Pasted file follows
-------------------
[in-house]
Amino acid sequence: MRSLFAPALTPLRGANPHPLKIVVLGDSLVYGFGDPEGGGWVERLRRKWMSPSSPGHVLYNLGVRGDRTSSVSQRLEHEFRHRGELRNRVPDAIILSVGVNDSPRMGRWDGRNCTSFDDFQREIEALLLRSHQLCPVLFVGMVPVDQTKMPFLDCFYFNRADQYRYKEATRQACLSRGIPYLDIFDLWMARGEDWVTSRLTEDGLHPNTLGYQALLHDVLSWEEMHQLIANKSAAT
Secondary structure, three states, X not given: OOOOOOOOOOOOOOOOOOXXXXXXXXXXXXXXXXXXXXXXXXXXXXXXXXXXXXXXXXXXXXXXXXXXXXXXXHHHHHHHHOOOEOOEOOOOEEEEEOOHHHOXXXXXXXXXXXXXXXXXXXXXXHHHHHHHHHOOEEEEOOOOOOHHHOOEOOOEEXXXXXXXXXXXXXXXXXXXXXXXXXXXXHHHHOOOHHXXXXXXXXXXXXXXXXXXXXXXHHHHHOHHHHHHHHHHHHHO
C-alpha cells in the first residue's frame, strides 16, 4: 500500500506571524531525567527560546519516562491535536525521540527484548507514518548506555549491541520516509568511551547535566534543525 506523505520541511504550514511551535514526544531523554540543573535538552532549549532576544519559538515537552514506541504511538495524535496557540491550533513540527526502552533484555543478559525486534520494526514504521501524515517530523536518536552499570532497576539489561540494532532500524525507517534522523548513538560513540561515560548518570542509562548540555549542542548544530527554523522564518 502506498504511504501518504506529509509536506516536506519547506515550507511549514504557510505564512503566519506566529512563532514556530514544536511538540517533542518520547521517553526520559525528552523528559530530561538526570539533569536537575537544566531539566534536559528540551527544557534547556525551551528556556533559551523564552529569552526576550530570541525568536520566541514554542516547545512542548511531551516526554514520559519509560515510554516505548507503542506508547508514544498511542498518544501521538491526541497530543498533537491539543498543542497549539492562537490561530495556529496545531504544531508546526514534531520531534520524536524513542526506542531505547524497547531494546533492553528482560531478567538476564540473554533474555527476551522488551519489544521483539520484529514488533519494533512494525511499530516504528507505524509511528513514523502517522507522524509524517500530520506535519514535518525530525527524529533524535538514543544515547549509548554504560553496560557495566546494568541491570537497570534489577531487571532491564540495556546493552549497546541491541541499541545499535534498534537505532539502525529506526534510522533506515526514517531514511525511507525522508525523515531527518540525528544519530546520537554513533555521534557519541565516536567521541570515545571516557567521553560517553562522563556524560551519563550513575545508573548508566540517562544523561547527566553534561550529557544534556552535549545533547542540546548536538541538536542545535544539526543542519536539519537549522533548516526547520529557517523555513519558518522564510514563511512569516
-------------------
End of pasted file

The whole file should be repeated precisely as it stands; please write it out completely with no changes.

[in-house]
Amino acid sequence: MRSLFAPALTPLRGANPHPLKIVVLGDSLVYGFGDPEGGGWVERLRRKWMSPSSPGHVLYNLGVRGDRTSSVSQRLEHEFRHRGELRNRVPDAIILSVGVNDSPRMGRWDGRNCTSFDDFQREIEALLLRSHQLCPVLFVGMVPVDQTKMPFLDCFYFNRADQYRYKEATRQACLSRGIPYLDIFDLWMARGEDWVTSRLTEDGLHPNTLGYQALLHDVLSWEEMHQLIANKSAAT
Secondary structure, three states, X not given: OOOOOOOOOOOOOOOOOOXXXXXXXXXXXXXXXXXXXXXXXXXXXXXXXXXXXXXXXXXXXXXXXXXXXXXXXHHHHHHHHOOOEOOEOOOOEEEEEOOHHHOXXXXXXXXXXXXXXXXXXXXXXHHHHHHHHHOOEEEEOOOOOOHHHOOEOOOEEXXXXXXXXXXXXXXXXXXXXXXXXXXXXHHHHOOOHHXXXXXXXXXXXXXXXXXXXXXXHHHHHOHHHHHHHHHHHHHO
C-alpha cells in the first residue's frame, strides 16, 4: 500500500506571524531525567527560546519516562491535536525521540527484548507514518548506555549491541520516509568511551547535566534543525 506523505520541511504550514511551535514526544531523554540543573535538552532549549532576544519559538515537552514506541504511538495524535496557540491550533513540527526502552533484555543478559525486534520494526514504521501524515517530523536518536552499570532497576539489561540494532532500524525507517534522523548513538560513540561515560548518570542509562548540555549542542548544530527554523522564518 502506498504511504501518504506529509509536506516536506519547506515550507511549514504557510505564512503566519506566529512563532514556530514544536511538540517533542518520547521517553526520559525528552523528559530530561538526570539533569536537575537544566531539566534536559528540551527544557534547556525551551528556556533559551523564552529569552526576550530570541525568536520566541514554542516547545512542548511531551516526554514520559519509560515510554516505548507503542506508547508514544498511542498518544501521538491526541497530543498533537491539543498543542497549539492562537490561530495556529496545531504544531508546526514534531520531534520524536524513542526506542531505547524497547531494546533492553528482560531478567538476564540473554533474555527476551522488551519489544521483539520484529514488533519494533512494525511499530516504528507505524509511528513514523502517522507522524509524517500530520506535519514535518525530525527524529533524535538514543544515547549509548554504560553496560557495566546494568541491570537497570534489577531487571532491564540495556546493552549497546541491541541499541545499535534498534537505532539502525529506526534510522533506515526514517531514511525511507525522508525523515531527518540525528544519530546520537554513533555521534557519541565516536567521541570515545571516557567521553560517553562522563556524560551519563550513575545508573548508566540517562544523561547527566553534561550529557544534556552535549545533547542540546548536538541538536542545535544539526543542519536539519537549522533548516526547520529557517523555513519558518522564510514563511512569516